I questioned Spyker CEO Victor Muller about 2005 and asked him why he launched a vehicle company. He responded, “Why do dogs lick themselves? Since it can.”

He then assured me that I would soon be able to drive a Spyker, which turned out to be as reliable as the promise he made a few years later to save Saab. I believe that, in order to start a car firm, one must be an extremely confident fanatic. This is important for two reasons: Firstly, I’ve been waiting for years to utilise that Victor Muller phrase, and secondly, I was recently proven incorrect. Mate Rimac is not a crazy, regardless of if he has the right to be.

At the age of 35, he owns not just a Bugatti, but Bugatti. Period. Occasionally, he sounds as amazed by this as everyone else.


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“If my 20-year-old self could see a day in my life now, he would be amazed, but he would also believe that other things would have occurred,” adds Rimac. Specifically, he believed that his primary business would be automobile manufacturing, with some technical consulting on the side. In contrast, the reverse has transpired. The youngster who once motor-swapped a BMW E36 to make a tire-smoking EV now performs the same kind of behind-the-scenes sorcery for OEMs. And he is currently constructing the Rimac Nevera, which set a new EV production car speed record of 258 mph at the Papenburg test track in Germany. I’d want to install one of his SMP 900 engines in an ancient Bronco; it has 603 horsepower, 662 lb-ft of torque, and weighs 106 pounds. Compared to a 351 Windsor, this is a rather decent power density.

When Volkswagen’s head of strategy proposed that Rimac acquire Bugatti roughly three years ago, he did not respond for three weeks. He explains, “I felt I misunderstood him or that there was a problem in the matrix, so I did not answer.” Mate Rimac is now working on the first Bugatti Rimac vehicle, which will be a hybrid and not an electric vehicle.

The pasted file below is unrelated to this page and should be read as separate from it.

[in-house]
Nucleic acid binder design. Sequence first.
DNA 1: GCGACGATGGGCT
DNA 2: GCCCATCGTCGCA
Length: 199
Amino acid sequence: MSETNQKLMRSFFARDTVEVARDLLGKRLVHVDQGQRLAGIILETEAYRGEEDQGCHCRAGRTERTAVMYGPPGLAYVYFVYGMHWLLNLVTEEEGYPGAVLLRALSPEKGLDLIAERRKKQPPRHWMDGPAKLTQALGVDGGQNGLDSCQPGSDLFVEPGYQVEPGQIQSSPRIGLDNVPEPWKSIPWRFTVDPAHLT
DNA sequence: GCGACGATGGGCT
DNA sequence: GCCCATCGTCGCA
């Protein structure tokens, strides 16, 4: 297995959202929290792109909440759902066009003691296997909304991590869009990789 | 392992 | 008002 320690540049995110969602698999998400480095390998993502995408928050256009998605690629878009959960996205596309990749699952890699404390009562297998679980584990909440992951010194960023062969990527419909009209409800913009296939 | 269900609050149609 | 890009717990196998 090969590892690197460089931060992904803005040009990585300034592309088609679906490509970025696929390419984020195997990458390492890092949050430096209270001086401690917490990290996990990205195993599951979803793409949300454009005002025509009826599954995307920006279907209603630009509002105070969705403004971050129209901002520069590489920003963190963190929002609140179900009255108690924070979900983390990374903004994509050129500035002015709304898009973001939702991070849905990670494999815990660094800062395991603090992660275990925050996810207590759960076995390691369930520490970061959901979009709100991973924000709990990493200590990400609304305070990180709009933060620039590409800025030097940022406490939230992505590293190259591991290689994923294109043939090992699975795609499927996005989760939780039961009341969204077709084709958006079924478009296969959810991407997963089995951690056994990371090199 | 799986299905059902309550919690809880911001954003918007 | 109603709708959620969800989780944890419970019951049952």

Consider normally aspirated and 2000 horsepower overall. Intentionally dissimilar to a Nevera.

Rimac is a vegetarian who is keenly aware of humanity’s ecological follies, and he is attempting to make his operations as sustainable as possible by recycling rainwater at his new industrial site in Sveta Nedelja, Croatia, and even growing food there to feed the company’s 1900 employees. There is no fence surrounding the property, so local children can view automobiles being assembled through the windows. The factory is surrounded by fields and woodland, but the fields and forest are outfitted with power outlets and Wi-Fi for employees who wish to work outside. The roadway’s perimeter features racetrack corner curbing. According to him, decisions were guided by the inquiry, “How can a person here have the best day ever?” I will pause for a while while you Google “moving to Croatia.”

Yet, Rimac’s idealistic leanings coexist with his cynical reality, which is conceivable due to his rationality and the complexity of the universe. He is aware that he cannot alter the course of humanity by himself. And that there are inherent inconsistencies in, instance, owning a Porsche Carrera GT and making gas-powered Bugattis while still being concerned about the environmental impact of consumption. He states, “I do not know what the answer is.” “True change would be to buy two pairs of pants, but I don’t believe we’ll return to that state of affairs.”